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James Joyce - Dubliners. Eveline and The Boarding House.

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Introduction

Dubliners Eveline and The Boarding House are stories about women. By looking closely at these stories discuss what Joyce reveals about the role and treatment of women in Dublin society at the turn of the twentieth century. In your answer you should include: * Joyce's presentation of the female characters in these stories. * Their relationships with their male counterparts and their motives for the decisions they make. * The presentation of the theme of paralysis. * The role of women in Joyce's society. When we read Eveline and The Boarding House side by side, we see the main characters straight away as radically different women, and how each one deals with having to make their own way in the same patriarchal society. Joyce presents Eveline and Polly Mooney (along with Mrs Mooney) as almost polar opposites when it comes to their personalities, and the decisions they make, but he uses both characters to clearly express his views on the limited options for women at that time. Along with this, in these stories and in fact the whole of Dubliners, Joyce presents his views on Dublin society in general. He centres on his point "Dublin is the centre of moral paralysis". In these stories along with others he highlights the corruption of Dublin society. Dublin, which was renowned for being a highly religious place, he felt did not practice the Christian values that the church preached. He builds upon this theme of paralysis by presenting it in other ways, some personal to each of the characters, but for a huge part the paralysis of women in general. ...read more.

Middle

The very first mention of her father in the story was "Her father used often to hunt them in out of the field with his blackthorn stick", which is a very violent reference and could be introducing the theme of domestic abuse. Later on Joyce implies sexual abuse towards Eveline with "he had begun to threaten her and say what he would do to her only for her dead mother's sake. And now she had nobody to protect her". This abusive upbringing would obviously have a startling effect on Eveline. She had watched her mother live a "life of commonplace sacrifices closing in final craziness" and her paralysed life causes her in the end to resign to the same fate. When Frank enters her life he is presented as almost a Christ-like figure as he gives her love and the opportunity of liberation, but Eveline is incapable of understanding the concept of love as it makes her "pleasantly confused". When she talks about leaving she feels sad she is leaving "those she had known all her life" but there is no mention of her leaving those she loved. Frank, to her, was a way to escape, it seems she only learns to like him and sees love only as a possibility. The thought of resigning to a life like her mother's terrifies her, but responsibility and paralysis hold her back from taking the chance of getting what she wants, even what she needs. She made a promise to her mother "to keep the home together as long as she could", and the fact that this responsibility was not passed on to her father just shows us what was expected of women at that time. ...read more.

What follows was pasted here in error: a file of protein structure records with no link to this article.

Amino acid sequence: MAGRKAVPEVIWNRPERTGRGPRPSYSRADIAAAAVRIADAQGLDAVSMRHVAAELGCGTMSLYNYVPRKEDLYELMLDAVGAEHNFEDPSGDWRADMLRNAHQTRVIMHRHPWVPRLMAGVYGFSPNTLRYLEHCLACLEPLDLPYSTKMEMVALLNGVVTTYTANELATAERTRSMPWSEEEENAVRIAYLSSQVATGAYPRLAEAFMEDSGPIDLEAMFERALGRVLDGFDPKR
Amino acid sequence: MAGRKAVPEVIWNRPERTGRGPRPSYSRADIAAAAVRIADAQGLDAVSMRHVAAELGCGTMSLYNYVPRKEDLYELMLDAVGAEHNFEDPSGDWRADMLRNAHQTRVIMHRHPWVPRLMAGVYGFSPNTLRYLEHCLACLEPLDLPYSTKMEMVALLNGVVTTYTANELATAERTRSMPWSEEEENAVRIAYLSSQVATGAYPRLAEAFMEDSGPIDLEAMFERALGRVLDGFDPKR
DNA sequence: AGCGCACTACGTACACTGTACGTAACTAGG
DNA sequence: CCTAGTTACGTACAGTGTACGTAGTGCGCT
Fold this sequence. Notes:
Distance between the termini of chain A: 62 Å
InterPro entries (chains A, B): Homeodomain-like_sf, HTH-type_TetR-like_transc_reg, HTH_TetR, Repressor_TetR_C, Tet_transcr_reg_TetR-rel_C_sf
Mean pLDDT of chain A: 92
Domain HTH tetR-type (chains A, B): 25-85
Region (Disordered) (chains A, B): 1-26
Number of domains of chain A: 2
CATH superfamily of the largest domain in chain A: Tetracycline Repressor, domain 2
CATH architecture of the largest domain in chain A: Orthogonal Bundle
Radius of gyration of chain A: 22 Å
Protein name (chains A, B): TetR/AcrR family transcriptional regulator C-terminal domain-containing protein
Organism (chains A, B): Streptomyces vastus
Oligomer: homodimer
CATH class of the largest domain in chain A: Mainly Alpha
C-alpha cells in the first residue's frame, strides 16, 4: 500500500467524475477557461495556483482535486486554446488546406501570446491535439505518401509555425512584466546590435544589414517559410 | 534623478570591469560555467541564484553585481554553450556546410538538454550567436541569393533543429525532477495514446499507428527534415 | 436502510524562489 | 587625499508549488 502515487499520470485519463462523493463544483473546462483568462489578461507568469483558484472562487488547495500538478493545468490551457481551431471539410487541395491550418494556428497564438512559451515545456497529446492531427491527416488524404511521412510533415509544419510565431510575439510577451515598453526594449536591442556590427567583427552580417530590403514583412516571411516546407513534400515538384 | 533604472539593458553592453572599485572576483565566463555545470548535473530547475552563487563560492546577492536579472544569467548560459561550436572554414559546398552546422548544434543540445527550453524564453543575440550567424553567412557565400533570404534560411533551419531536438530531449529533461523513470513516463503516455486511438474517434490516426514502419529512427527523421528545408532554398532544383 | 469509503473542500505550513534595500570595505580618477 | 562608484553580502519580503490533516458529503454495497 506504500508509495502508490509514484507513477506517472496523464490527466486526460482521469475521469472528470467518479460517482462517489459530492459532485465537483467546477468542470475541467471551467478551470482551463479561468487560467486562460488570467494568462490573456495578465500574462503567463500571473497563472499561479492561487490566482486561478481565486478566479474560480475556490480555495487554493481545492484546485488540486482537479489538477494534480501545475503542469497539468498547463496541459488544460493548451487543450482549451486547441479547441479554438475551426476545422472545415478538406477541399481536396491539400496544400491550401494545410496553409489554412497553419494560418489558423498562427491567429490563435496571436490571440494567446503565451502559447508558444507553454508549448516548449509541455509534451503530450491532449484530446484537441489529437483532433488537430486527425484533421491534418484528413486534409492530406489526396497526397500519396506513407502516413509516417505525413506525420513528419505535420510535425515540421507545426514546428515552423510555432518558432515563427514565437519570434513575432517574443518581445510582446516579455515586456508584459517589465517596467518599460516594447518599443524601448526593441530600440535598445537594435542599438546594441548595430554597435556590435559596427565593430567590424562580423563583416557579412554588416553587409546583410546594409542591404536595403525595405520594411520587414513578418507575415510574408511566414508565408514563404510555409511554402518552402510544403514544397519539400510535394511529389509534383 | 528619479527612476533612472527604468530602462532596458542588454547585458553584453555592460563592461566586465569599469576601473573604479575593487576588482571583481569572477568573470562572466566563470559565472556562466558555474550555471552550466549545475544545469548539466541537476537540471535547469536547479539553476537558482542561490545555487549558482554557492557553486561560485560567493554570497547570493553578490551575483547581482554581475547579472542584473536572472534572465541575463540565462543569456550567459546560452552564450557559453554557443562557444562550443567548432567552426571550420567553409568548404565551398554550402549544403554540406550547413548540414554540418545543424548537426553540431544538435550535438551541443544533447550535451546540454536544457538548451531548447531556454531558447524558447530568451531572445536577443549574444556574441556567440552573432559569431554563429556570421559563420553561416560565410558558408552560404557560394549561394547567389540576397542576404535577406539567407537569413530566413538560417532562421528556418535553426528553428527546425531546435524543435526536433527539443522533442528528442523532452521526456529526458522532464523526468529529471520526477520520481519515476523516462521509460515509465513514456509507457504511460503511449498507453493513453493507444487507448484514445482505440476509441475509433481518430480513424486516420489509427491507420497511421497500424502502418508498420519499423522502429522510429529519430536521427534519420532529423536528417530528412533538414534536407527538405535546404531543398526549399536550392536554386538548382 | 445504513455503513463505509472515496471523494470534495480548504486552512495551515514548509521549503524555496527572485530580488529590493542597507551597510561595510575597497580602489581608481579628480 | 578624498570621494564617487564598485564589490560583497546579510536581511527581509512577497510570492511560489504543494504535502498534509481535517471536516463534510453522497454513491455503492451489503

Conclusion

The only way for Polly Mooney, or any woman, to get what she wanted was to use her sexuality, and still then she did not have a voice, socially or politically. Polly would be paralysed by a loveless marriage that only exists on the foundation of manipulation and pregnancy. The memories she has of Mr Doran are only "amiable" and nothing more, which constitutes emotional paralysis. All married women at this time were paralysed by the absence of love. They were institutionalised and had to succumb to the needs of their spouse, practically stripped of all rights. They are also stripped of their identity when they are forced to take their husband's name and are sworn to servitude towards him. As we can see, the characters from these two stories are very different people, and the situations also different. But the conclusion we can draw from both of them is how women were treated in Dublin at this time, and how paralysed this made them. Joyce realises how unjust and immoral this society was, and with these stories he may have been trying to reach out to other people, but these were very controversial statements to be making. He seems to feel sorrow for Eveline, for whom all hope has been lost, and in some ways respectful towards the Mooneys, but perhaps is not behind their lack of morality. In the end this is what women must do at this time to gain anything resembling a fair life, and I personally commend the women like Mrs Mooney who were ready and willing to do what they had to do. ...read more.

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